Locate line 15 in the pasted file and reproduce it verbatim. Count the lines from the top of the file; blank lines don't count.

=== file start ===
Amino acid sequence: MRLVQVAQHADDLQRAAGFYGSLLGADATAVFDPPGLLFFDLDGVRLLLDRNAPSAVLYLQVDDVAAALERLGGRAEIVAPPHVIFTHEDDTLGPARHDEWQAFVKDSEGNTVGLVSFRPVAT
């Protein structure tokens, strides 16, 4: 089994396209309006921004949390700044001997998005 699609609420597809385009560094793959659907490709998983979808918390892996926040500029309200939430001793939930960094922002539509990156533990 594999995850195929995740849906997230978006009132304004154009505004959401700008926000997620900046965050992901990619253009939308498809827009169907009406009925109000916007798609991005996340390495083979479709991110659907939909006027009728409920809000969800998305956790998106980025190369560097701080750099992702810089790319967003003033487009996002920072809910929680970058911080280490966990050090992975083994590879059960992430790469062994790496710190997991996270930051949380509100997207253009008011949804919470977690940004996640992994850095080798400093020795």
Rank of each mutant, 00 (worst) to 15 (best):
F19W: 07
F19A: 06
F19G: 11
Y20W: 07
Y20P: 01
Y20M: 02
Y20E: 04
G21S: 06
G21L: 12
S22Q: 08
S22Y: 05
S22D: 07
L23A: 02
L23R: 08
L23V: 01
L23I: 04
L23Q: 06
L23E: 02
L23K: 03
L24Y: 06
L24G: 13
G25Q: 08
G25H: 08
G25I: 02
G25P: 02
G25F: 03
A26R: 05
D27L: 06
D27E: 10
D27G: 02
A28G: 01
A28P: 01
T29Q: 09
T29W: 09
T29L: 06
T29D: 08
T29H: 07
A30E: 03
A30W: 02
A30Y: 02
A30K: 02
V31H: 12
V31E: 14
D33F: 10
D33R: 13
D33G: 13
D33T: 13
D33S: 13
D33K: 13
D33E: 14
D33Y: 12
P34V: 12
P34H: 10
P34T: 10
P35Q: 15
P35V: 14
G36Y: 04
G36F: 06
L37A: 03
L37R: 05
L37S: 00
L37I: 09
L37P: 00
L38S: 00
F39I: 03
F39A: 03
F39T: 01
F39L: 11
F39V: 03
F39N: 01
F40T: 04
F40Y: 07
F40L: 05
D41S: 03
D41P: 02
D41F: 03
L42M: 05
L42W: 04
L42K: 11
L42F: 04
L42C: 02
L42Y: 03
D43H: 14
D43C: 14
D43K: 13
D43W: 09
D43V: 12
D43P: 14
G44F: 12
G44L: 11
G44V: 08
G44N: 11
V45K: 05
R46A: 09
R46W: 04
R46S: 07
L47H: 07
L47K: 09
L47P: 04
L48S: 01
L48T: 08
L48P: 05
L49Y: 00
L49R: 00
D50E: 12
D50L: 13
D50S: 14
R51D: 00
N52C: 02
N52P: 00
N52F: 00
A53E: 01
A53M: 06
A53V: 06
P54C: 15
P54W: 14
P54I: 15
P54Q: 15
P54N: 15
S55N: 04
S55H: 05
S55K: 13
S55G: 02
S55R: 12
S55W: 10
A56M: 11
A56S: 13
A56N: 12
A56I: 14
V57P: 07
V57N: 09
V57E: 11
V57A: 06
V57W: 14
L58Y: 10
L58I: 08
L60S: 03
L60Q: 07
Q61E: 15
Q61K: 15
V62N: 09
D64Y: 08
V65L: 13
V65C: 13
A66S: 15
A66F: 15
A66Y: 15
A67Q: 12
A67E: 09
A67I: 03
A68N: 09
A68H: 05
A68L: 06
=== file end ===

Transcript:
S22D: 07